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The COVID-19 vaccine program is shining a light on how supply chains, including pharmaceutical supply chains, can be made more efficient, safe and reliable.A technology that could add value in tracking, monitoring and reducing issues in pharmaceutical supply chains is blockchain. This article discusses what blockchain is, how it could help improve pharmaceutical supply chains, and the COVID-19 vaccine supply chain in particular, and touches on where we are already seeing blockchain technology being used in this area.
Blockchain is a type of distributed ledger technology. Whilst traditionally a ledger would be held centrally and protected and managed by a trusted party, a distributed ledger is one that is replicated, shared and synchronized across multiple sites, institutions and countries under a consensus mechanism, and where any changes are reflected simultaneously and instantaneously.
On the blockchain, each new piece of data is digitally recorded into what is referred to as a ”block.” This block is then linked to the last block on the chain, via a hash function. It is this that ensures the immutability of the blockchain. A hash is a type of cryptography that is impossible to reverse engineer. This means that once a piece of data has been added to the chain, it cannot be deleted or changed. This is because altering one piece of information will change the contents of the block, which will require the alteration of every single other block. Such is the nature of distributed ledger technology, every node in the network will have a copy of this blockchain and therefore someone would need to simultaneously alter 51% of all nodes in order to falsify a record. This adds a layer of additional security over and above a manual system, where one central ledger is held by one trusted party.
There are several ways to design a blockchain network. One is a public ”permissionless” blockchain, where the blockchain is open for all participants to take part in every transaction. All of the data is replicated on all of the nodes and all nodes are treated the same. There are also private ”permissioned” blockchains, where only selected participants can take part in a given transaction on the blockchain. The data is then shared across pre-determined nodes based on the protocol.
Blockchain could greatly improve supply chains. Whilst blockchain cannot account for all eventualities, it can substantially lower the chance of errors within the chain. In pharmaceutical supply chains, in particular, there are many stakeholders and stages are involved — from the API provider, the drug manufacturer, the packaging and distribution companies and the regulators, all the way through to hospitals, pharmacies and ultimately, the patient. Having so many intermediaries adds complexity and makes it difficult to track and ensure authenticity meaning counterfeit medicines are more likely to enter the distribution chain. The nature of blockchain means it would be able to show proof of origin of products and provide greater security.
One supply chain which is receiving a lot of attention at the moment is the Covid-19 vaccine roll-out. The UK program is now well underway, with more than 35 million people having now received their first COVID-19 vaccination and over 18 million having received their second in the UK. According to a UK government press release on February 13, 2021, the vaccines are now being administered at 267 hospitals, 1,034 local vaccination sites, 90 vaccination centers and 194 community pharmacies.A rollout of this size and speed is completely unprecedented, and so there is an even greater need to ensure that the rollout is accurately monitored, and effectively and safely delivered.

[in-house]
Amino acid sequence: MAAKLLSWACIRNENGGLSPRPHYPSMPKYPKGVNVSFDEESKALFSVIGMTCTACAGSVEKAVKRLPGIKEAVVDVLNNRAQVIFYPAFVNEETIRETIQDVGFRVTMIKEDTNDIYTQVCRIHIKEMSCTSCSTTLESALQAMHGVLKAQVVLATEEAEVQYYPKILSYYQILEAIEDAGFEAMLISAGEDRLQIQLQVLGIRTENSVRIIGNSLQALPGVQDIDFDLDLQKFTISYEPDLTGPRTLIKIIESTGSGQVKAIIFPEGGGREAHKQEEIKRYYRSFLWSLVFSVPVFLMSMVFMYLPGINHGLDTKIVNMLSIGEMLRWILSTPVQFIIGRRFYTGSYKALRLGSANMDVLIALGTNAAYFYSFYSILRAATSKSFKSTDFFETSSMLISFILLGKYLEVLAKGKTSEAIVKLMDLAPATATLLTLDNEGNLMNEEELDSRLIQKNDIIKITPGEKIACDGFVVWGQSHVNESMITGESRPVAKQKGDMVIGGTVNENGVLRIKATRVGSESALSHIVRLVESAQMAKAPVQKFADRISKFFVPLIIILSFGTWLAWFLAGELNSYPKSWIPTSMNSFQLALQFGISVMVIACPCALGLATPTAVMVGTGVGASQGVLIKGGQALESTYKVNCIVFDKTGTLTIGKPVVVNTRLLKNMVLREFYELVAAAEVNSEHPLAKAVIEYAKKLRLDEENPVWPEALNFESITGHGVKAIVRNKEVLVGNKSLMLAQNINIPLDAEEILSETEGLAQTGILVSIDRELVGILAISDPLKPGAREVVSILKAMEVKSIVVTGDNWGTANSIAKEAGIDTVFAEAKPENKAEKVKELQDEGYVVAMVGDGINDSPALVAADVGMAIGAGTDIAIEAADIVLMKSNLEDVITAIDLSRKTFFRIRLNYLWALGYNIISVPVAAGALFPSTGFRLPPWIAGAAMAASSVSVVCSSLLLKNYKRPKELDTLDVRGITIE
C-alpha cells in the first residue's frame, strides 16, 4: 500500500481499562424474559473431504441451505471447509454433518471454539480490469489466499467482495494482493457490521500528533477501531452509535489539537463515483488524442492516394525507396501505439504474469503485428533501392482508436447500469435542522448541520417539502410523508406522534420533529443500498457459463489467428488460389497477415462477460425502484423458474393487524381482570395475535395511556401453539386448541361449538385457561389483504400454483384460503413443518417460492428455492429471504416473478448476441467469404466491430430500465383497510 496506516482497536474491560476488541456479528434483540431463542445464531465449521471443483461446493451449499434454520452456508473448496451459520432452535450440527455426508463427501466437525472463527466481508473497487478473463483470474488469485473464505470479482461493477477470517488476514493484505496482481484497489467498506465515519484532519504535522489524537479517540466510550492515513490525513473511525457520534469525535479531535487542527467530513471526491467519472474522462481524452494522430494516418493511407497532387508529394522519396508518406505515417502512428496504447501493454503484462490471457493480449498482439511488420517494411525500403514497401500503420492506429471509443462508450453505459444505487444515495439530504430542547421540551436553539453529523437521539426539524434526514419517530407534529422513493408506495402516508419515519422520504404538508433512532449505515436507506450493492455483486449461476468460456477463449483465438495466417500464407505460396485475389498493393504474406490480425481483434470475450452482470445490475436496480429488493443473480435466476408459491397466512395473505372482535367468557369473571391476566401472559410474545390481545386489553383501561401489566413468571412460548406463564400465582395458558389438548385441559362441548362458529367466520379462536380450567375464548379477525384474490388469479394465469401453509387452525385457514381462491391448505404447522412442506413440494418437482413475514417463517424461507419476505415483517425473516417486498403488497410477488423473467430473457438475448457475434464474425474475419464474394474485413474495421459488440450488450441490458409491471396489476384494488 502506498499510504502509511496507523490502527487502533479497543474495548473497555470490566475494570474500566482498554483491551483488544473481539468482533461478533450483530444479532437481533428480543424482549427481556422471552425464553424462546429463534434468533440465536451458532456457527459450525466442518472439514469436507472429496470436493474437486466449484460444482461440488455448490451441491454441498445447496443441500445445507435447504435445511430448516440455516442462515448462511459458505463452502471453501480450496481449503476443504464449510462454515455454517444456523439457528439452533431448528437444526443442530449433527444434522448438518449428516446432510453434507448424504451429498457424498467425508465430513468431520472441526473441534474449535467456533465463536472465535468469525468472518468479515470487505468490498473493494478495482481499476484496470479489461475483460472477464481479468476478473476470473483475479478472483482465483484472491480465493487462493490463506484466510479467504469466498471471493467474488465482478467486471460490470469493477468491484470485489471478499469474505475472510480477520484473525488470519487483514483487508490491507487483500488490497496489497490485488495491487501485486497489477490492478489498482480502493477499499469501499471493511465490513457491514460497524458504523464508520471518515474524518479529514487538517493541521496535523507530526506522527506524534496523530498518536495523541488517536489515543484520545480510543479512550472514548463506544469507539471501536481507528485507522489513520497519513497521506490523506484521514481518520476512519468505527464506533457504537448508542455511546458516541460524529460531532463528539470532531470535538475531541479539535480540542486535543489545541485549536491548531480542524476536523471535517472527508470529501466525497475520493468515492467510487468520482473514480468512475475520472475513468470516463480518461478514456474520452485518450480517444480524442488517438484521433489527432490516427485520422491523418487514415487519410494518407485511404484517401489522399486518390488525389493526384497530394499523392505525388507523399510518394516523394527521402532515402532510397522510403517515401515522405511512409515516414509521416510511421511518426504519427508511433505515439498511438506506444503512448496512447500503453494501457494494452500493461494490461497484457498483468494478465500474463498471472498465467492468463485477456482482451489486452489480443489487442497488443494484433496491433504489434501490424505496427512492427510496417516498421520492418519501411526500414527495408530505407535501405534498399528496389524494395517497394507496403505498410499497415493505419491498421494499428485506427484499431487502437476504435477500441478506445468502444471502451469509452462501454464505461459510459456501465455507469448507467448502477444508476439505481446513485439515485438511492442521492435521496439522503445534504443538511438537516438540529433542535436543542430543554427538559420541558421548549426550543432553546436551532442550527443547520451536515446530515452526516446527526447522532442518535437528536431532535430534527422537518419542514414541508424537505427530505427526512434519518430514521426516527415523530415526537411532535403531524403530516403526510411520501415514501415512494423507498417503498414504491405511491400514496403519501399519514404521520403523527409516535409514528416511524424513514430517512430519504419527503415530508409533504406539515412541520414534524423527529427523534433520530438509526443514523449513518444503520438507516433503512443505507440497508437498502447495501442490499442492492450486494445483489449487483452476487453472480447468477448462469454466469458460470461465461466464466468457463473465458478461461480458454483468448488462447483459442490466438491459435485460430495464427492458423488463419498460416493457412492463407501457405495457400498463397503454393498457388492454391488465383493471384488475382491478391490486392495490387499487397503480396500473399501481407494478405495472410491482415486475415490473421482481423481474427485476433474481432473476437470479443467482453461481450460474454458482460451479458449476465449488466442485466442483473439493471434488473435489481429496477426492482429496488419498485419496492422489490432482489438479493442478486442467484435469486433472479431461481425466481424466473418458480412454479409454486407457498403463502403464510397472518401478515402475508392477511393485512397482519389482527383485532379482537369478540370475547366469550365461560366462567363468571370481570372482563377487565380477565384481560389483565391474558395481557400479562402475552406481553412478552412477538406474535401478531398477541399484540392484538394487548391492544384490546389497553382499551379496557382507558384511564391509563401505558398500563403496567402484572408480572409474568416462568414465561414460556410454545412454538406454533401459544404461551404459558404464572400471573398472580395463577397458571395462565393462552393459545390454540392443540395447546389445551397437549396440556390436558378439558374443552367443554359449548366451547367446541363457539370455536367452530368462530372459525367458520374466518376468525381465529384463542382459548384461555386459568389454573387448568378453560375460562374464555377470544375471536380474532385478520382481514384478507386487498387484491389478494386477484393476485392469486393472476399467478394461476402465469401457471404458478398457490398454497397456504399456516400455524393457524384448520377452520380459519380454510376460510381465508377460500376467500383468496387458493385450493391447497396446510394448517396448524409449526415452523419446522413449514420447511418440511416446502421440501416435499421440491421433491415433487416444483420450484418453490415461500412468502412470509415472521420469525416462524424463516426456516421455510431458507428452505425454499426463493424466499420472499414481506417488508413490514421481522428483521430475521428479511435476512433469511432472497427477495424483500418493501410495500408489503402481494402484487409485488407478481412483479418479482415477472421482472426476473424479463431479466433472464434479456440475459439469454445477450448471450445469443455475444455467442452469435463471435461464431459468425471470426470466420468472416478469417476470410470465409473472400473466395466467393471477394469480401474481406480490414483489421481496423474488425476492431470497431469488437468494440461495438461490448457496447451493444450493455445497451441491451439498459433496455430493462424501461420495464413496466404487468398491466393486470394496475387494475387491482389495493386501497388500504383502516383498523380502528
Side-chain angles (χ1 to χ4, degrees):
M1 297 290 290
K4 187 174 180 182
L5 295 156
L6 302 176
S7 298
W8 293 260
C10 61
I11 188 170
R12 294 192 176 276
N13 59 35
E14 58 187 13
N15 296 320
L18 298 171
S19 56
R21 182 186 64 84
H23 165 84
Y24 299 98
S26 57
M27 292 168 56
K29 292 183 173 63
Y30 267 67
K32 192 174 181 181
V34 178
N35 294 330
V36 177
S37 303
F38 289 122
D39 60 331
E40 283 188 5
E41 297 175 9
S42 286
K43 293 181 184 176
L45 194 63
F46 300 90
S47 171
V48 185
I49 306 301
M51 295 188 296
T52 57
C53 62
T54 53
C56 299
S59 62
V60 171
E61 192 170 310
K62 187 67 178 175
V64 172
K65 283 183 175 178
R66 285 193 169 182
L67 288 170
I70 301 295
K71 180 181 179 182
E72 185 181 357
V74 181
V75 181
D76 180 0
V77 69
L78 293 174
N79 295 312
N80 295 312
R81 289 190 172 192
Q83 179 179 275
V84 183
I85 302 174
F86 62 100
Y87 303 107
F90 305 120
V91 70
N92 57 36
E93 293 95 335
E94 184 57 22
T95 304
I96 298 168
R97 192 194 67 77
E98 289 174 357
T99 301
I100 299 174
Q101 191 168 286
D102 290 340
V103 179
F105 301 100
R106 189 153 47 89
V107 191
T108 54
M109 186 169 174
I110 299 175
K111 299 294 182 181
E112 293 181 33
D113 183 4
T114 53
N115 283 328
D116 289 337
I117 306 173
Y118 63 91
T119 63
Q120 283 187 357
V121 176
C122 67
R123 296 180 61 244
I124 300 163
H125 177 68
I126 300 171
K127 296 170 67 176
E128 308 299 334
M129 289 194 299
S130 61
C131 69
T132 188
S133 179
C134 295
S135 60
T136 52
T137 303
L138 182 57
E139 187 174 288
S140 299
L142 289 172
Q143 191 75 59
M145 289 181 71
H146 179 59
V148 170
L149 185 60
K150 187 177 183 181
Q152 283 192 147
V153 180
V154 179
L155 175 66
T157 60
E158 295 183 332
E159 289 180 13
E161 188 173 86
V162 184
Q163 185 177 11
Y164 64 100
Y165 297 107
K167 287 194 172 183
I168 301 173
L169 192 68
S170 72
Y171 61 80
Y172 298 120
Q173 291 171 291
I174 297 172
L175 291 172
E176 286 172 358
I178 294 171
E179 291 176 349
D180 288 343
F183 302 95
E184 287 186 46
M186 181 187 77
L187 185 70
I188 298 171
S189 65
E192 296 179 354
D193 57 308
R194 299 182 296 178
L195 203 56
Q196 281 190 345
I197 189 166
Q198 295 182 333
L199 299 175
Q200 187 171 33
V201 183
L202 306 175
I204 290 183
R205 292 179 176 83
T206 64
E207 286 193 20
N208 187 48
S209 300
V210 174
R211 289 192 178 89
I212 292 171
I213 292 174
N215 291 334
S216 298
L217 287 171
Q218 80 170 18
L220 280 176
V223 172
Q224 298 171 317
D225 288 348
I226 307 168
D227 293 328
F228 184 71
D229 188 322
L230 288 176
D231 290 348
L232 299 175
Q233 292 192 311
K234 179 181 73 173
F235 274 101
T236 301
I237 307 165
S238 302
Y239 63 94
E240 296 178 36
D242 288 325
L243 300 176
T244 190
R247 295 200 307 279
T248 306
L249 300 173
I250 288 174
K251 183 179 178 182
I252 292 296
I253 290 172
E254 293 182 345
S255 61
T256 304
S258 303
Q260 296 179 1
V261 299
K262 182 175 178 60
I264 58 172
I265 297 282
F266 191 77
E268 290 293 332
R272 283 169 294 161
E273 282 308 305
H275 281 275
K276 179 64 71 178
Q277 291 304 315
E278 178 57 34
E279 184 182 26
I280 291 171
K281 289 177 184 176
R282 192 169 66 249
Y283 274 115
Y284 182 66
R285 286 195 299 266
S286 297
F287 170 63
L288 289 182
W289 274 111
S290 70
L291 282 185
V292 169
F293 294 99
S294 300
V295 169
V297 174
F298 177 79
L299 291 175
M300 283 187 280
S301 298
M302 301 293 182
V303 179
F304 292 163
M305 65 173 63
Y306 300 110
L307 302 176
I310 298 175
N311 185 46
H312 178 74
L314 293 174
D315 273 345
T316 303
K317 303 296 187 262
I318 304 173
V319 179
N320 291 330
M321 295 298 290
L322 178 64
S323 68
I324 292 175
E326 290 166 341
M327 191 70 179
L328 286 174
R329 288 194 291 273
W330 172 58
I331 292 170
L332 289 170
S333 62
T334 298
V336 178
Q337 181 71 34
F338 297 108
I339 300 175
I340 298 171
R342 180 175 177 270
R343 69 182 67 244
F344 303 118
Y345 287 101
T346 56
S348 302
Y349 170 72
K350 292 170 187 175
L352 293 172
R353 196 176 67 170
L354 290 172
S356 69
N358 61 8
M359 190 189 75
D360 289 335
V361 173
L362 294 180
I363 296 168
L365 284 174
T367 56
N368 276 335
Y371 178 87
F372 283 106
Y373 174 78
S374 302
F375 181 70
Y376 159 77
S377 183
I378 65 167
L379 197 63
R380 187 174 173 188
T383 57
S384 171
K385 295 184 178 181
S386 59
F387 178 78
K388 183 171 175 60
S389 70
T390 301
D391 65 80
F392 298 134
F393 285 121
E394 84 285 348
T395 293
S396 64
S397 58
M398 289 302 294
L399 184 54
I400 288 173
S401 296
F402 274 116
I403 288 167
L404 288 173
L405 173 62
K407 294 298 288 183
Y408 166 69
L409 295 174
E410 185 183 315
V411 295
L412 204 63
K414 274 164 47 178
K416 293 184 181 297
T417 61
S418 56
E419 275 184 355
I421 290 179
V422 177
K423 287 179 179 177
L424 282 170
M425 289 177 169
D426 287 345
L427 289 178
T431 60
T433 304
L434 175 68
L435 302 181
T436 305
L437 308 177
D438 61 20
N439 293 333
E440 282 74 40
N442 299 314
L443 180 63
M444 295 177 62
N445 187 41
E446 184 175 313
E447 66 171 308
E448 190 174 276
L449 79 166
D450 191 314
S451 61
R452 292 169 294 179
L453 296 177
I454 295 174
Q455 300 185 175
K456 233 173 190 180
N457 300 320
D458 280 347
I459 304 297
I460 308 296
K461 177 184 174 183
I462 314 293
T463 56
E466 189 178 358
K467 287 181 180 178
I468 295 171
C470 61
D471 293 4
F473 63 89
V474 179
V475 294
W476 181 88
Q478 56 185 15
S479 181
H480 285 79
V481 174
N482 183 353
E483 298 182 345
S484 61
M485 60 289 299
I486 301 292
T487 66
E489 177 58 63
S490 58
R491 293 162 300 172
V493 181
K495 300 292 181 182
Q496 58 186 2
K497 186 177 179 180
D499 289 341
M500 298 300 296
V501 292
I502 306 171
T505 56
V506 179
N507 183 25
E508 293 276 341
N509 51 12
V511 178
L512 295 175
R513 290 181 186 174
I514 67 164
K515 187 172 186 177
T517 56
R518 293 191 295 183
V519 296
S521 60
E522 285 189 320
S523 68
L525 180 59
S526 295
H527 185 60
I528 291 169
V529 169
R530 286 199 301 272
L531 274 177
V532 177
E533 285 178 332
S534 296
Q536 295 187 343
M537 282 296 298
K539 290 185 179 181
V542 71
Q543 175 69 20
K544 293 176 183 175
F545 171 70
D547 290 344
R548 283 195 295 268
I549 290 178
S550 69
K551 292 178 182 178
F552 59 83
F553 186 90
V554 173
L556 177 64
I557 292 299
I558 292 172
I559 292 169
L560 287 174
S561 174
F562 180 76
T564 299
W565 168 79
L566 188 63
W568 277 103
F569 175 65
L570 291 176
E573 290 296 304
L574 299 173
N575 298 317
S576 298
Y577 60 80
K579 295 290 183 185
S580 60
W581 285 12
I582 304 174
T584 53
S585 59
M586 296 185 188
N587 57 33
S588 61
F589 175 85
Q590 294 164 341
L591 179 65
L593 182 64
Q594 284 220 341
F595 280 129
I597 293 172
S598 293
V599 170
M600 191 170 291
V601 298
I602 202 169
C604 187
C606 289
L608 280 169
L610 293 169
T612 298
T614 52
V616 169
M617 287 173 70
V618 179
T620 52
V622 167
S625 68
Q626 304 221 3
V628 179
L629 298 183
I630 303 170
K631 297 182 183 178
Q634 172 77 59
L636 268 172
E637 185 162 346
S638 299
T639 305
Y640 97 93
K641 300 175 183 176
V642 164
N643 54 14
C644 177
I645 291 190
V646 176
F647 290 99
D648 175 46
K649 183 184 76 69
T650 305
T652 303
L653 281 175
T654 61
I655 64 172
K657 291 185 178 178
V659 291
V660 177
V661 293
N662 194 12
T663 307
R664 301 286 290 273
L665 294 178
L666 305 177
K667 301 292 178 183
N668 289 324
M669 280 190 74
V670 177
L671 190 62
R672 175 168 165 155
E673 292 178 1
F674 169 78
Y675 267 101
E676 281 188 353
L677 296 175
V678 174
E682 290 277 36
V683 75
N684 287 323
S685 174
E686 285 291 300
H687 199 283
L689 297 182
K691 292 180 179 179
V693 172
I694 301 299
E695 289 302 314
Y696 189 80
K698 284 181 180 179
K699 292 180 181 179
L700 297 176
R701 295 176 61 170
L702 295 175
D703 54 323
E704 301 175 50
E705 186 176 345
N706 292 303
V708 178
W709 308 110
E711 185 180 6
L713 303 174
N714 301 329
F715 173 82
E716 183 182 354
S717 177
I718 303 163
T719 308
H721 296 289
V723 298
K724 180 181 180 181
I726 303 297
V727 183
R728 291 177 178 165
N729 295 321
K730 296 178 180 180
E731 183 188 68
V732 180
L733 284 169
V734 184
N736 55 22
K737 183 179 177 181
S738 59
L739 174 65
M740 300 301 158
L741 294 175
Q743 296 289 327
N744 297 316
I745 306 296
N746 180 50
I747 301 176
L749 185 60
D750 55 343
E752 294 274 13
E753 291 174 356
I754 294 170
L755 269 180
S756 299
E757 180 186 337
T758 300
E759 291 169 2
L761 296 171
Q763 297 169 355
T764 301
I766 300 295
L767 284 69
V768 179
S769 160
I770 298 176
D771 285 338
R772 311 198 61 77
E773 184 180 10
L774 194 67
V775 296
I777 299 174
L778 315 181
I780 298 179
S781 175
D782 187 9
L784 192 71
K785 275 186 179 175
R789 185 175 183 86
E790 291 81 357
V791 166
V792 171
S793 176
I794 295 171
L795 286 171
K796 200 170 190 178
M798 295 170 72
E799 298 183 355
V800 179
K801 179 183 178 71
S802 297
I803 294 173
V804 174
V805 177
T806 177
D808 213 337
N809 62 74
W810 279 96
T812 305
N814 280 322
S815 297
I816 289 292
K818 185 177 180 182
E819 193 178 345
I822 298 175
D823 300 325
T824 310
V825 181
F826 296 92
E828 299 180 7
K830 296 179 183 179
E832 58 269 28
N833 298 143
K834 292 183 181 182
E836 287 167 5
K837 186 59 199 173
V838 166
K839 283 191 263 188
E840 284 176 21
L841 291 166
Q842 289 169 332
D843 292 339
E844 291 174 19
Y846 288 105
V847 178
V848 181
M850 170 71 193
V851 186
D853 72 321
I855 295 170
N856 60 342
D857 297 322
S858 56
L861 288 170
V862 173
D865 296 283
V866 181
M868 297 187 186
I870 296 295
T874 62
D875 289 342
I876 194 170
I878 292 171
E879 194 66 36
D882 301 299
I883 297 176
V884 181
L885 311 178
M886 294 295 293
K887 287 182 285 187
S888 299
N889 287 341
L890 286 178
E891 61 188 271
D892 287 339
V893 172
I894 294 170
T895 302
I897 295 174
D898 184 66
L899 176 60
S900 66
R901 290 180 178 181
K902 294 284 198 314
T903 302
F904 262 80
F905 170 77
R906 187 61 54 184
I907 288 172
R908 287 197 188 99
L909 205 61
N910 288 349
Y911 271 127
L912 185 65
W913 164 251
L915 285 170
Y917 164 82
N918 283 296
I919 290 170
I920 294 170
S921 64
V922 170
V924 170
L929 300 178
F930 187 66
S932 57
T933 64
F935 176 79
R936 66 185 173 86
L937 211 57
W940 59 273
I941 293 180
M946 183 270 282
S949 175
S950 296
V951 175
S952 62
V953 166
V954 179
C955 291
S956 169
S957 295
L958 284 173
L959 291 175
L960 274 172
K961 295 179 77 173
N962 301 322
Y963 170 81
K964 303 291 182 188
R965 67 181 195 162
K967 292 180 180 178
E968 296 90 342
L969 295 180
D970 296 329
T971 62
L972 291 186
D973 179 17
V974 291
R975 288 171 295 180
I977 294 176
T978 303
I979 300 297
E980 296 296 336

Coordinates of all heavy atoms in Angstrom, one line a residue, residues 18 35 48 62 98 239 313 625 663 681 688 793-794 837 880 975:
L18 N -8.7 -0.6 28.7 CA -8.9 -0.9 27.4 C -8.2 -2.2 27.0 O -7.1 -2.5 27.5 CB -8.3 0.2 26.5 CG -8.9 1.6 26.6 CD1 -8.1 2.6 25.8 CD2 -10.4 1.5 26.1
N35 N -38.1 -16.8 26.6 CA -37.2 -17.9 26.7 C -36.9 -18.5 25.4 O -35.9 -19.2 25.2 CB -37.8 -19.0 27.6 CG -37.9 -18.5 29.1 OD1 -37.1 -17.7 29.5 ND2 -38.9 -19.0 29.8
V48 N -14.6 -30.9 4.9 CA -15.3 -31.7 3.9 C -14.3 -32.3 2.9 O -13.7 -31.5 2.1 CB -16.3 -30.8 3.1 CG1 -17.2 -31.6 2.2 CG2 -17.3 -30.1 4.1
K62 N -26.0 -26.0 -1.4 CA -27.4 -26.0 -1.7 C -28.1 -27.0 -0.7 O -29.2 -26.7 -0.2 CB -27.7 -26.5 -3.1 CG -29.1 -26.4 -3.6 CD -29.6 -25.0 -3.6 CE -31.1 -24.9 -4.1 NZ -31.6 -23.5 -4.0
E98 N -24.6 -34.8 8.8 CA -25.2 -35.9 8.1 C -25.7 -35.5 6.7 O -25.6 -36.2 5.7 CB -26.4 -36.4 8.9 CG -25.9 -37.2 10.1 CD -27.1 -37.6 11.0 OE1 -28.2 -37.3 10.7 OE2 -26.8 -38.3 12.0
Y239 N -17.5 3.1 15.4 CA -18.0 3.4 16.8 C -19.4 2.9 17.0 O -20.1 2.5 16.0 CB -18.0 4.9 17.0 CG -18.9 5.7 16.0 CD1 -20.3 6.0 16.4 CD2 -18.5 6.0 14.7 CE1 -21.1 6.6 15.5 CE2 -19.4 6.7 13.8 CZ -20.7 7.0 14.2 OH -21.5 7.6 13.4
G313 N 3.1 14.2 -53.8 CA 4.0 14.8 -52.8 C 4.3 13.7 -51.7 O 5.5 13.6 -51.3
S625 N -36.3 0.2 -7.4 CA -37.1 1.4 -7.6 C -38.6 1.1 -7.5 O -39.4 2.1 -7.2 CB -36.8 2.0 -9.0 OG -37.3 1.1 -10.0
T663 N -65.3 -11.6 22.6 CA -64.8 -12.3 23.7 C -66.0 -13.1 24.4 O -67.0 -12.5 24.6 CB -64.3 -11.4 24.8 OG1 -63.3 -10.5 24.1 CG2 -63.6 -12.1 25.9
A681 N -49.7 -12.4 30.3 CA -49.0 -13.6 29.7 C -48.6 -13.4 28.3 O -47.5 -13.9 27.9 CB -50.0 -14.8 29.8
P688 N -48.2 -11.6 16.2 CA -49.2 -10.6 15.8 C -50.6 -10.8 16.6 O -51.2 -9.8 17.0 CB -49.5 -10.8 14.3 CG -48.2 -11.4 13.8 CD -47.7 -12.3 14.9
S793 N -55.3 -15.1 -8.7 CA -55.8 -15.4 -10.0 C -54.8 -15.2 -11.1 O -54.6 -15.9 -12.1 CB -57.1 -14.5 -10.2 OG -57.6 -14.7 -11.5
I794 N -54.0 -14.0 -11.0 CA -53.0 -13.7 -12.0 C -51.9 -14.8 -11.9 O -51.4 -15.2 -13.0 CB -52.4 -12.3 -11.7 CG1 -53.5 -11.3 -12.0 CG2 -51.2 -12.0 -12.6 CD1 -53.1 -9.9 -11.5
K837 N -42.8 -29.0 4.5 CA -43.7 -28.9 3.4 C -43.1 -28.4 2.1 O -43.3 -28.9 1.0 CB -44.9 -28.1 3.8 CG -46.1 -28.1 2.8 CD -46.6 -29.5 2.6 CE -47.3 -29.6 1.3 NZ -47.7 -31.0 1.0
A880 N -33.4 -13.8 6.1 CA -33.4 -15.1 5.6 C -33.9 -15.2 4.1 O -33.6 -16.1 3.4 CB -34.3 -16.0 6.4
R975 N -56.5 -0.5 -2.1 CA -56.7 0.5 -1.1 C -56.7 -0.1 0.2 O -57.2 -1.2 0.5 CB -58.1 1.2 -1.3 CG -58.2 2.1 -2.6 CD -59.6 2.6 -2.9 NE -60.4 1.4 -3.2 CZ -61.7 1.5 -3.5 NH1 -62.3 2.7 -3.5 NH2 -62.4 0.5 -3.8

The COVID-19 vaccines have added complications (over and above those associated with the supply of any drug or vaccine), due to the fact that there are several different vaccines with different storage requirements. Some require permanent storage at exact temperatures in order to be effective and this temperature must be maintained from manufacture, through distribution, during transit, and in the hospitals and vaccination centers. A further complication that requires stringent monitoring and coordination from suppliers and medical professionals is that the vaccines are not currently interchangeable, so a patient’s subsequent dose must be the same as their first.
A well-functioning supply chain is therefore essential to ensure that the COVID-19 vaccine rollout is safe, reliable, traceable and that errors are minimized.
Blockchain could offer reliable end-to-end tracking and monitoring of vaccines and drugs through the supply chain. One of the difficulties lies in assigning a digital identity to a physical product, such as drugs or vaccines. This could be done through applying identifiers e.g. barcodes to the product. In addition to adding an identifier, these need to be tamper-proof so fraudsters cannot insert counterfeit medicine into the tagged packaging. This could be done through scanning barcodes at each touch point, and making all of the information available to the manufacturer or the regulator (or whoever requires access to that data). The data could also be made accessible to parties with limited infrastructure e.g. pharmacies or hospitals, as they could simply use a barcode scanner to verify the authenticity of a drug. An example of a system already in use is the ‘bokode’1 — a visual data tag only 3mm wide but capable of holding thousands of times more information than a standard barcode. They can be read up to a few meters away, by any standard digital camera including mobile phone cameras.